CARING FOR GERANIUMS

GERANIUMS, properly called pelargoniums to distinguish them from the hardy geraniums or cranesbills, are among the best of plants for summer bedding and for general greenhouse display.

All these geraniums are increased by cuttings which root easily. They will root if taken at any time of the year, but they are usually taken in August and September for flowering the following summer, in February or March for flowering in winter. Plants may be bought from April onwards but should not be planted outdoors until the end of May or early in June, after the danger of frosts is over.

Cuttings should be 3 or 4 in. long with, three or more buds between the tip of the shoot and the base of the cutting. After they have been cut from the parent plant they must be trimmed just below a pair of leaves, using a very sharp knife or razor blade to cut squarely across the stem. Rest the cutting on a hard surface such as a sheet of glass or a board while you are doing this. Then cut off the lower leaves. Have ready a supply of well-drained 2-in. Pots of John Innes Rooting Compost. Into which the cuttings are inserted singly, deeply enough to keep them upright, usually about an inch or so.

Alternatively, six or eight cuttings may be inserted round the edge of a 5-in. Pot. Use a dibber of pencil thickness to make holes for the cuttings. The ends of the cuttings may be dipped in a hormone rooting powder before insertion, although this is not essential. Keep the soil in the pots moist but not wet and keep the cuttings shaded from strong sunshine, in a minimum temperature of 60 degrees F. They benefit from a daily overhead syringing with clear water. In about a fortnight they should be sufficiently rooted for them to be moved on into 3-in. Pots. The time to do this can be judged by examining the root system by carefully knocking the cutting from its pot. If the white roots have reached the edges of the pot, it’is time to pot on into John Innes Potting Compost No. 1, with as little disturbance as possible. Do not pot too firmly and avoid over-watering particularly immediately after repotting. Instead give the rooted plants a good soaking and then refrain from watering them again until the soil is almost dry. If the cuttings are rooted in late summer or autumn they may be kept cool, in a minimum temperature of about 45 degrees F. until March. They should then be potted on into a poi one size larger and the tip of the main shoot should be nipped out. When the sideshoots reach a length of about 2 in. the tips of these too should be nipped out. This will produce a bushy plant, well-furnished with flowering shoots. Plants should not be allowed to become pot-bound but should be potted on into 5-in. Then 6-in. Pots as soon as they begin to fill the smaller pots with roots. The John Innes Potting Composts are quite suitable and No. 2 or No. 3 should be used for the final potting. However, if the plants are destined for planting outdoors the final potting into 6-in. Pots will be unnecessary. Remove any flower buds which form until about a fortnight after the final potting, in order to encourage the formation of larger numbers of flowering stems.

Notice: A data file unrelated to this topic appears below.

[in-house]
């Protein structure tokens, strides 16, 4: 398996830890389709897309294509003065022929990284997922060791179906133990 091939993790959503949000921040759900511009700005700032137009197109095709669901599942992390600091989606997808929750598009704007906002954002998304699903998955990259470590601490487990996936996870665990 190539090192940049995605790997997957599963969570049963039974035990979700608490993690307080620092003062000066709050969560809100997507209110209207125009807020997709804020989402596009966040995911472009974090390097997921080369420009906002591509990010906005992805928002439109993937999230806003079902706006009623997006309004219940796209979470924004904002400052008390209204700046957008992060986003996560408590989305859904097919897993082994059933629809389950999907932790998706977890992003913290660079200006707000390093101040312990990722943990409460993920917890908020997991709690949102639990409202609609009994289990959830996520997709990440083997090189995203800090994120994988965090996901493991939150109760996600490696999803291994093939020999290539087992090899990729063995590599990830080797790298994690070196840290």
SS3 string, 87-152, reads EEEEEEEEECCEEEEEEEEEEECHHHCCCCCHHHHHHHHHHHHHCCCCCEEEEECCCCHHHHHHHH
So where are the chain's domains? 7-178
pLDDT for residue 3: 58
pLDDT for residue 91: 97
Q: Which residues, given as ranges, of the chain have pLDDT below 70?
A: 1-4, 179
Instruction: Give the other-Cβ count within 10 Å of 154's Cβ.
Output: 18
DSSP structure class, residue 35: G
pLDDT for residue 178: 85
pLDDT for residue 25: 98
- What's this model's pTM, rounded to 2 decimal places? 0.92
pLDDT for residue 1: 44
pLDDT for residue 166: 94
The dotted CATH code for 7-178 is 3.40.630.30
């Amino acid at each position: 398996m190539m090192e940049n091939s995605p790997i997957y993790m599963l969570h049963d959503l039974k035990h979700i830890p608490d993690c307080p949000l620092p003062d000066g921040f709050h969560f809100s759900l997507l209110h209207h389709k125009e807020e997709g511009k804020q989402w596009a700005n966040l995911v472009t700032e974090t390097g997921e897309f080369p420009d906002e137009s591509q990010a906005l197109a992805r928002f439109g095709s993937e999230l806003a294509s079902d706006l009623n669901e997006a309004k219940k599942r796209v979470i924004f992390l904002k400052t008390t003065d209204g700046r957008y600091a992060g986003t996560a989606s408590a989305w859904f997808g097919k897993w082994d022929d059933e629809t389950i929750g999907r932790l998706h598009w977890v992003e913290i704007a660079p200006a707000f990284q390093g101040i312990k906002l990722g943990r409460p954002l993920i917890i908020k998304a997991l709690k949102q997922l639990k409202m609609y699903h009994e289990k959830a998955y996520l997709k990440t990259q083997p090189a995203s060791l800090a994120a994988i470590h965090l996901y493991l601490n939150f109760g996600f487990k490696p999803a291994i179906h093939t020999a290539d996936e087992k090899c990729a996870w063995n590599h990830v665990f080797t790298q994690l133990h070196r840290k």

For flowering in winter the cuttings are rooted in February or March, and in April the plants will have developed sufficiently for the tips of the main shoots to be nipped out. By May or June the side-growths will be ready for pinching out in the same way and after that the plants may be kept out in a cold frame, growing steadily, repotting them when necessary. Early flower buds may appear but any that appear before September should be pinched out. Plants will need feeding twice a week with weak liquid plant food during the summer. They should be brought into the greenhouse in September and watered moderately from then on. They should flower for most of the winter.

After plants have finished flowering, the shoots may be cut back and the plants kept cool and watered moderately. They should be repotted before they are started into growth in their next season, when they will make large plants.

Geraniums used for bedding should be lifted in September before they are affected by frost, then potted into 3- or 4-in. Pots or into shallow boxes and stored in a cellar or cool greenhouse where the temperature does not fall below 45 degrees F. They may be started into growth again early in the following spring for later planting out.

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